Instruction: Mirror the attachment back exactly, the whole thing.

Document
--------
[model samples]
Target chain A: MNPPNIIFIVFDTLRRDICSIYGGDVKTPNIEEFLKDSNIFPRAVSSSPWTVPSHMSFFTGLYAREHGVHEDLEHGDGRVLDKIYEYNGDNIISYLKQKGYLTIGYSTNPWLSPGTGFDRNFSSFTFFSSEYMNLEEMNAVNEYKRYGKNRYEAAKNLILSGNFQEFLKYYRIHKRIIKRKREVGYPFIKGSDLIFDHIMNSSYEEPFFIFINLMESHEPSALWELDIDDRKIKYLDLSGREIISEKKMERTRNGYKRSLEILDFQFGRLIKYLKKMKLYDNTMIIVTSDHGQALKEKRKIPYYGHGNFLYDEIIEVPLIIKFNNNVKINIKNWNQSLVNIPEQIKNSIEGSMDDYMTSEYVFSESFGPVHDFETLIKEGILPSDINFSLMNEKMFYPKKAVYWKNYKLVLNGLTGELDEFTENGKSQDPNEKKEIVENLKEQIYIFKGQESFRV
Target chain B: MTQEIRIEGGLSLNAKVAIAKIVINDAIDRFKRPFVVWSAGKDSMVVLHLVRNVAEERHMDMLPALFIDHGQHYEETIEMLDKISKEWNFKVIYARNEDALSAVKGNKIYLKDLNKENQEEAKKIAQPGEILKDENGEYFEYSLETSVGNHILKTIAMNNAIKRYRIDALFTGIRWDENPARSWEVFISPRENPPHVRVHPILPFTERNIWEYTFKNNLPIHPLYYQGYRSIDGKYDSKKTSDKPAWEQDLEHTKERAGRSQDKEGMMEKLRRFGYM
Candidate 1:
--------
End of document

[model samples]
Target chain A: MNPPNIIFIVFDTLRRDICSIYGGDVKTPNIEEFLKDSNIFPRAVSSSPWTVPSHMSFFTGLYAREHGVHEDLEHGDGRVLDKIYEYNGDNIISYLKQKGYLTIGYSTNPWLSPGTGFDRNFSSFTFFSSEYMNLEEMNAVNEYKRYGKNRYEAAKNLILSGNFQEFLKYYRIHKRIIKRKREVGYPFIKGSDLIFDHIMNSSYEEPFFIFINLMESHEPSALWELDIDDRKIKYLDLSGREIISEKKMERTRNGYKRSLEILDFQFGRLIKYLKKMKLYDNTMIIVTSDHGQALKEKRKIPYYGHGNFLYDEIIEVPLIIKFNNNVKINIKNWNQSLVNIPEQIKNSIEGSMDDYMTSEYVFSESFGPVHDFETLIKEGILPSDINFSLMNEKMFYPKKAVYWKNYKLVLNGLTGELDEFTENGKSQDPNEKKEIVENLKEQIYIFKGQESFRV
Target chain B: MTQEIRIEGGLSLNAKVAIAKIVINDAIDRFKRPFVVWSAGKDSMVVLHLVRNVAEERHMDMLPALFIDHGQHYEETIEMLDKISKEWNFKVIYARNEDALSAVKGNKIYLKDLNKENQEEAKKIAQPGEILKDENGEYFEYSLETSVGNHILKTIAMNNAIKRYRIDALFTGIRWDENPARSWEVFISPRENPPHVRVHPILPFTERNIWEYTFKNNLPIHPLYYQGYRSIDGKYDSKKTSDKPAWEQDLEHTKERAGRSQDKEGMMEKLRRFGYM
Candidate 1: